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Undertreatment of COPD: a retrospective analysis of US managed care and Medicare patients

Authors Make, Dutro M, Paulose-Ram, Marton JP, Mapel D

Received 8 October 2011

Accepted for publication 19 November 2011

Published 18 January 2012 Volume 2012:7 Pages 1—9


Review by Single anonymous peer review

Peer reviewer comments 2

Barry Make1, Michael P Dutro2, Ryne Paulose-Ram2, Jenö P Marton2, Douglas W Mapel3
1National Jewish Health, Denver, CO, 2Pfizer Inc, New York, NY, 3Lovelace Clinic Foundation, Albuquerque, NM, USA

Background: We investigated a large population of patients with chronic obstructive pulmonary disease (COPD) to determine their frequency of medication use and patterns of pharmacotherapy.
Methods: Medical and pharmacy claims data were retrospectively analyzed from 19 health plans (>7.79 million members) across the US. Eligible patients were aged ≥40 years, continuously enrolled during July 2004 to June 2005, and had at least one inpatient or at least two outpatient claims coded for COPD. As a surrogate for severity of illness, COPD patients were stratified by complexity of illness using predefined International Classification of Diseases, Ninth Revision, Clinical Modification, Current Procedural Terminology, Fourth Edition, and Healthcare Common Procedure Coding System codes.
Results: A total of 42,565 patients with commercial insurance and 8507 Medicare patients were identified. Their mean age was 54.7 years and 74.8 years, and 48.7% and 46.9% were male, respectively. In total, 66.3% of commercial patients (n = 28,206) were not prescribed any maintenance COPD pharmacotherapy (59.1% no medication; 7.2% inhaled short-acting ß2-agonist only). In the Medicare population, 70.9% (n = 6031) were not prescribed any maintenance COPD pharmacotherapy (66.0% no medication; 4.9% short-acting ß2-agonist only). A subset of patients classified as high-complexity were similarly undertreated, with 58.7% (5358/9121) of commercial and 68.8% (1616/2350) of Medicare patients not prescribed maintenance COPD pharmacotherapy. Only 18.0% and 9.8% of diagnosed smokers in the commercial and Medicare cohorts had a claim for a smoking cessation intervention and just 16.6% and 23.5%, respectively, had claims for an influenza vaccination.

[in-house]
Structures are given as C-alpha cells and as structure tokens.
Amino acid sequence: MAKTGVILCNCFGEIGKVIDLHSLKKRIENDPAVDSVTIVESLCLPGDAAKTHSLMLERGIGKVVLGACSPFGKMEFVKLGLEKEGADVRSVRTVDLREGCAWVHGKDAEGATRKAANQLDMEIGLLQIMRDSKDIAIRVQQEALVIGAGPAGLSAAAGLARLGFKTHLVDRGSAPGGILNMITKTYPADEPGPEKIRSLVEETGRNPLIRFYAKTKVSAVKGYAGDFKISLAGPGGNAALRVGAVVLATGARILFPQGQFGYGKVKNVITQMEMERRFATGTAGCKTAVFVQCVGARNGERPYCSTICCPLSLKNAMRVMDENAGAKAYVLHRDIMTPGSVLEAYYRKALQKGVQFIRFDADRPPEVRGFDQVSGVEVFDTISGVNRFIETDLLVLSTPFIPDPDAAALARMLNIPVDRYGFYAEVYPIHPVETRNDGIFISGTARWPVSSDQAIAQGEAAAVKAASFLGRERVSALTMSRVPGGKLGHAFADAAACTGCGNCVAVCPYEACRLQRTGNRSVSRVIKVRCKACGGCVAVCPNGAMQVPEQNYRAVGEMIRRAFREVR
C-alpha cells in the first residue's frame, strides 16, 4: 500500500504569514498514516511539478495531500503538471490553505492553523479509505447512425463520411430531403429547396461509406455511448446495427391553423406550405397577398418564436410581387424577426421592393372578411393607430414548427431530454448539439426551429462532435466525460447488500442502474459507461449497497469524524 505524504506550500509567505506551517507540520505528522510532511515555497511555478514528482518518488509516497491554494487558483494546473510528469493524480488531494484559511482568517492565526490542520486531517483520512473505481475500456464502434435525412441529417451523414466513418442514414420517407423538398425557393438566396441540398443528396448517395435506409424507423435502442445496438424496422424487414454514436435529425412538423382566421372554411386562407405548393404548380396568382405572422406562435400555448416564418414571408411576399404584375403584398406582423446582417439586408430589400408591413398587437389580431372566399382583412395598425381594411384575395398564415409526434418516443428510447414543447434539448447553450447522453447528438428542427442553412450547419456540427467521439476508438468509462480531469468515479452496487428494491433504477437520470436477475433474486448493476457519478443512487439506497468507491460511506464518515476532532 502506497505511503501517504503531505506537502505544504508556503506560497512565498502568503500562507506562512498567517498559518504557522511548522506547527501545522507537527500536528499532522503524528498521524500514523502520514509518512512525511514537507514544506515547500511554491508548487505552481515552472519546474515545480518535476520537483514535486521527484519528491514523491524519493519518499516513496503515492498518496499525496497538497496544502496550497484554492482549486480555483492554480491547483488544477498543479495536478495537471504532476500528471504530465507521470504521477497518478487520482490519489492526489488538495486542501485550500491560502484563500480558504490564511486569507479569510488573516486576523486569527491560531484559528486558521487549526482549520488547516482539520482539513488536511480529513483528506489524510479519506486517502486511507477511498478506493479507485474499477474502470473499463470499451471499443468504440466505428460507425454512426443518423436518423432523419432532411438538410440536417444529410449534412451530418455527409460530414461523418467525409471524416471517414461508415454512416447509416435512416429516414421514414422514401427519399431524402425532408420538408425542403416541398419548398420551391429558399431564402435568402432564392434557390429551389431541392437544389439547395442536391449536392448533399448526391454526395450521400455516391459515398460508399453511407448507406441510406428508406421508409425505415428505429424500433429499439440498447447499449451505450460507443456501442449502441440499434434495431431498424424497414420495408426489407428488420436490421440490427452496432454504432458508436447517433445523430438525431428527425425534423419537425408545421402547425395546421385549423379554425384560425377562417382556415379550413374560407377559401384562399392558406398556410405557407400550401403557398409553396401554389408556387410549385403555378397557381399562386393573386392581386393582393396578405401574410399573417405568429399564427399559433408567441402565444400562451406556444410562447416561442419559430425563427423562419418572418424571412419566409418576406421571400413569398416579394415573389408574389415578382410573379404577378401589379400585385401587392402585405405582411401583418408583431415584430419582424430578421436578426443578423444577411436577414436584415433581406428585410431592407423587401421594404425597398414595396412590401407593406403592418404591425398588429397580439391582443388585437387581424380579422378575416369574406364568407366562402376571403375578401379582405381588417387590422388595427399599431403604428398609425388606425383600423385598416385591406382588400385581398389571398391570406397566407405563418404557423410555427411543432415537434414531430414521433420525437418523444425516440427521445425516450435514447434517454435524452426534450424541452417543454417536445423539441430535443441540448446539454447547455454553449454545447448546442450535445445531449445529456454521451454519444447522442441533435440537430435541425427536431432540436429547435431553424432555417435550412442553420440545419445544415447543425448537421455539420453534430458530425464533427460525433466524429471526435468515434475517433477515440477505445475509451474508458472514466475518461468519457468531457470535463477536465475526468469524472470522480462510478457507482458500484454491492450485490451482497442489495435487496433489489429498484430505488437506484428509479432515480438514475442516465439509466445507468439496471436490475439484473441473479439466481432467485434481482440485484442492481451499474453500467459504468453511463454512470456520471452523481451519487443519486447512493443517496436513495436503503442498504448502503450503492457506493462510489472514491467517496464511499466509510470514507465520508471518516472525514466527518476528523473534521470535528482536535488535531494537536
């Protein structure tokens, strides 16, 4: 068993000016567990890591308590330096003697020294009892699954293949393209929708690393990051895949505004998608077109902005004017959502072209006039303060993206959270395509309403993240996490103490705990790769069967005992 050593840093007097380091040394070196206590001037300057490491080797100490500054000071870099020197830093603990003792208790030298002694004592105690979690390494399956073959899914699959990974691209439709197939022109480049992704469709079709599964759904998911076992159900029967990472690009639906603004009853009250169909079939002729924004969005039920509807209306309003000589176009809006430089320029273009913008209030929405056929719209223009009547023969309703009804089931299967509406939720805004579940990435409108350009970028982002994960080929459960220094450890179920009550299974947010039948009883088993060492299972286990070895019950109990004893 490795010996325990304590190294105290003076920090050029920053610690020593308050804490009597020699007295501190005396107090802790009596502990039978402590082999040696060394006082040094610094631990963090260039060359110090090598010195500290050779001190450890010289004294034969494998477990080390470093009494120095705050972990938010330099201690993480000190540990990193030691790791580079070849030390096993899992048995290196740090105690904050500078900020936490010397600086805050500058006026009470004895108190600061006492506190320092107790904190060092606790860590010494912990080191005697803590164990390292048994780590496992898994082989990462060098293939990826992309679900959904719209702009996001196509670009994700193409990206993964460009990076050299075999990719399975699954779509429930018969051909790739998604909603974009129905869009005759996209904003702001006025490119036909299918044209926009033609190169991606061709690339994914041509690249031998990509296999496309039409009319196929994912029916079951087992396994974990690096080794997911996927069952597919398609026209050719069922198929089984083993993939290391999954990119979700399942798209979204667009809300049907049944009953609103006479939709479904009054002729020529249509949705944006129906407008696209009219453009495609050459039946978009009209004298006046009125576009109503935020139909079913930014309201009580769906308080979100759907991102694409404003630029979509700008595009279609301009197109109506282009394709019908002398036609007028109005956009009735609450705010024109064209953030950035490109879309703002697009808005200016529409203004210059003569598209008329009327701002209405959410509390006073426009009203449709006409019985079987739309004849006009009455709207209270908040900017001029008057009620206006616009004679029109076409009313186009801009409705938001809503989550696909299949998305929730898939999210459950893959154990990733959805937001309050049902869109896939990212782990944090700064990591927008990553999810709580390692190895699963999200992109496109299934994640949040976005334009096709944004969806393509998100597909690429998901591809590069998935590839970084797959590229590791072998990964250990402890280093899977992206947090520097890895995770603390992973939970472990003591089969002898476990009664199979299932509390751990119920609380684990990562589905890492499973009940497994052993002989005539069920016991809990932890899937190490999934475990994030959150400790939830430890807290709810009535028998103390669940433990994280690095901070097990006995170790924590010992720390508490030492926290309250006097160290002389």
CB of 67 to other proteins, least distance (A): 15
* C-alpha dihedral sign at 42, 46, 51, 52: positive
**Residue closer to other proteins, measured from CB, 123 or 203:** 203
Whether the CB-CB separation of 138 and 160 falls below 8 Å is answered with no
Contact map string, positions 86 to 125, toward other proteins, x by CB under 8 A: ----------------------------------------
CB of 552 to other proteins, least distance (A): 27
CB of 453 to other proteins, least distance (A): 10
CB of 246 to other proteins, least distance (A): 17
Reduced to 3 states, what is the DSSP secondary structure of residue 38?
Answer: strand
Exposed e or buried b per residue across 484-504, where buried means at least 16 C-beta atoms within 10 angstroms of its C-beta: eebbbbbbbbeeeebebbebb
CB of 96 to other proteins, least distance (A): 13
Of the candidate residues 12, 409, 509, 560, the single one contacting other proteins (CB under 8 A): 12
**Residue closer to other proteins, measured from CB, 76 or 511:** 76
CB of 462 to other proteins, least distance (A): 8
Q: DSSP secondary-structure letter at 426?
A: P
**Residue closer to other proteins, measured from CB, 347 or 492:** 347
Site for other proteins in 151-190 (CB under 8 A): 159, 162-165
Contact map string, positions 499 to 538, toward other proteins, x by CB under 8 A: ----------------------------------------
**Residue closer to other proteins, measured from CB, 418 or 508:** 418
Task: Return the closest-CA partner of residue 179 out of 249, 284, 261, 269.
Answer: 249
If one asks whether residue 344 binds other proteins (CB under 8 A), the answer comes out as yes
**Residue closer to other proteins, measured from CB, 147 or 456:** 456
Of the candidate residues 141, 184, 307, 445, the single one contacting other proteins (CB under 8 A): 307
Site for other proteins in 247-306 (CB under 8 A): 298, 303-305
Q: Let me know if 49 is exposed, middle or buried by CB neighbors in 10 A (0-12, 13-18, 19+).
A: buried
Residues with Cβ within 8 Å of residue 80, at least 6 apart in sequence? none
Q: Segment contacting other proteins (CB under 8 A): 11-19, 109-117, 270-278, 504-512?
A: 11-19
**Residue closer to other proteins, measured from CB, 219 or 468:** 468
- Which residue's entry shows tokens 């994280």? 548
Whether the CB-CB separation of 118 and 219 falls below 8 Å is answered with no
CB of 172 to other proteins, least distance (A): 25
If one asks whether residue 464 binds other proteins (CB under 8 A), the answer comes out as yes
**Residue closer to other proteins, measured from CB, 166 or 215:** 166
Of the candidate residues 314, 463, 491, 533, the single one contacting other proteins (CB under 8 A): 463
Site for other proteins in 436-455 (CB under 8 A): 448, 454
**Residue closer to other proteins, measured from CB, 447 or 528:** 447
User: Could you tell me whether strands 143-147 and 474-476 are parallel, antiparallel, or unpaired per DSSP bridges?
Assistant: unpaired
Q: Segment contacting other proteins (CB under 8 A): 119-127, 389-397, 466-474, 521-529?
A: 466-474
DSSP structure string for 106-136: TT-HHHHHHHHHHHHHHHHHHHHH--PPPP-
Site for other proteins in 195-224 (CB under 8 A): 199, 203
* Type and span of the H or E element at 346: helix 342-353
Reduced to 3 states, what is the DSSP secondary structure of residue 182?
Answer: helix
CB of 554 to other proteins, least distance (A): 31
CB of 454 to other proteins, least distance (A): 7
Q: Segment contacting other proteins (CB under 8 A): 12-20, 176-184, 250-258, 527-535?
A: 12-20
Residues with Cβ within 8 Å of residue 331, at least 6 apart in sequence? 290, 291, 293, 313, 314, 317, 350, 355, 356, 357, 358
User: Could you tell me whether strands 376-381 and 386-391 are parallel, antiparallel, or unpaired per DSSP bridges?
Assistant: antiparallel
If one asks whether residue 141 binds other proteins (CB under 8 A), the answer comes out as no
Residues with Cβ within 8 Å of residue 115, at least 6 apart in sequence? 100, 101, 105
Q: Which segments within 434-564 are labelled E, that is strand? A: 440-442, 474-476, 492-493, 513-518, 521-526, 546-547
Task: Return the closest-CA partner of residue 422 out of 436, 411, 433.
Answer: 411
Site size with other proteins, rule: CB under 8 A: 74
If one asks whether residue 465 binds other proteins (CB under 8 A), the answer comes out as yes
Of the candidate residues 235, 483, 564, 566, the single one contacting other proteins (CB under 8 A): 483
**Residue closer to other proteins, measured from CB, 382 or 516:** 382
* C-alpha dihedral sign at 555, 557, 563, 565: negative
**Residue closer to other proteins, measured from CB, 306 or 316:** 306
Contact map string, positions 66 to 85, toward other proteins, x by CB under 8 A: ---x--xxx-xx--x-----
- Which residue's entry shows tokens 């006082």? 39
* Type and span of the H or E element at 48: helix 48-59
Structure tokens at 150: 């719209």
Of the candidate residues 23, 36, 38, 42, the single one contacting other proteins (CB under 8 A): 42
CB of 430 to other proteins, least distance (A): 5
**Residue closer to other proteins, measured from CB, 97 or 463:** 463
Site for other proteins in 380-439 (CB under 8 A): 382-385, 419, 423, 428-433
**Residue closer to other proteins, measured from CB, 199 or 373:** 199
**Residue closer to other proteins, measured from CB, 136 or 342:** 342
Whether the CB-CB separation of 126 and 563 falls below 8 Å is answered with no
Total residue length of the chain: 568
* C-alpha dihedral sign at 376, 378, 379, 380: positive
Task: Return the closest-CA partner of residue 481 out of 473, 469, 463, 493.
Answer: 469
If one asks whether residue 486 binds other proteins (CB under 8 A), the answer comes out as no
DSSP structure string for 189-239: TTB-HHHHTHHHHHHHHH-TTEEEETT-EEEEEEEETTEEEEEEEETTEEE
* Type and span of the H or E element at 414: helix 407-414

Conclusion: This study highlights a high degree of undertreatment of COPD in both commercial and Medicare patients, with most patients receiving no maintenance pharmacotherapy or influenza vaccination.

Keywords: managed care, chronic obstructive pulmonary disease, health care utilization, quality of care

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